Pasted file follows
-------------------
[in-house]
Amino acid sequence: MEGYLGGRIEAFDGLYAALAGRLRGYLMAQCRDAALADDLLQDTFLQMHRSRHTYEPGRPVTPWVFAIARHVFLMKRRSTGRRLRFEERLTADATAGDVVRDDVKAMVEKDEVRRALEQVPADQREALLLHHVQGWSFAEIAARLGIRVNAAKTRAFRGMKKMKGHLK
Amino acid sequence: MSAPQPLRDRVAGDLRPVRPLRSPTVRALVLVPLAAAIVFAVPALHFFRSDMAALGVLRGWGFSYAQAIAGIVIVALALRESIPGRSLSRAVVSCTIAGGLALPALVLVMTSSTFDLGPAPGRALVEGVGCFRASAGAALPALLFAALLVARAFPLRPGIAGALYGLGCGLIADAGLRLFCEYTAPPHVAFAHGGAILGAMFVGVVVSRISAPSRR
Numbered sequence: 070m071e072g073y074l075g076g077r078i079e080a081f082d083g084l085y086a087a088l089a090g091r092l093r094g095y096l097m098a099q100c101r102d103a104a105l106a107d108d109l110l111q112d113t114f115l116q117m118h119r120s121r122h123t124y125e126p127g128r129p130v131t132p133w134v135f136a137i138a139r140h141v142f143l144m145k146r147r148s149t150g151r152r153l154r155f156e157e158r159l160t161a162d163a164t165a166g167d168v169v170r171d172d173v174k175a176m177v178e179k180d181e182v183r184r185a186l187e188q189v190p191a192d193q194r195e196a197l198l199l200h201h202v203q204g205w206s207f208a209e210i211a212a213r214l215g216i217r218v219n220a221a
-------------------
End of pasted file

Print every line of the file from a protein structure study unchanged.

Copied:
[in-house]
Amino acid sequence: MEGYLGGRIEAFDGLYAALAGRLRGYLMAQCRDAALADDLLQDTFLQMHRSRHTYEPGRPVTPWVFAIARHVFLMKRRSTGRRLRFEERLTADATAGDVVRDDVKAMVEKDEVRRALEQVPADQREALLLHHVQGWSFAEIAARLGIRVNAAKTRAFRGMKKMKGHLK
Amino acid sequence: MSAPQPLRDRVAGDLRPVRPLRSPTVRALVLVPLAAAIVFAVPALHFFRSDMAALGVLRGWGFSYAQAIAGIVIVALALRESIPGRSLSRAVVSCTIAGGLALPALVLVMTSSTFDLGPAPGRALVEGVGCFRASAGAALPALLFAALLVARAFPLRPGIAGALYGLGCGLIADAGLRLFCEYTAPPHVAFAHGGAILGAMFVGVVVSRISAPSRR
Numbered sequence: 070m071e072g073y074l075g076g077r078i079e080a081f082d083g084l085y086a087a088l089a090g091r092l093r094g095y096l097m098a099q100c101r102d103a104a105l106a107d108d109l110l111q112d113t114f115l116q117m118h119r120s121r122h123t124y125e126p127g128r129p130v131t132p133w134v135f136a137i138a139r140h141v142f143l144m145k146r147r148s149t150g151r152r153l154r155f156e157e158r159l160t161a162d163a164t165a166g167d168v169v170r171d172d173v174k175a176m177v178e179k180d181e182v183r184r185a186l187e188q189v190p191a192d193q194r195e196a197l198l199l200h201h202v203q204g205w206s207f208a209e210i211a212a213r214l215g216i217r218v219n220a221a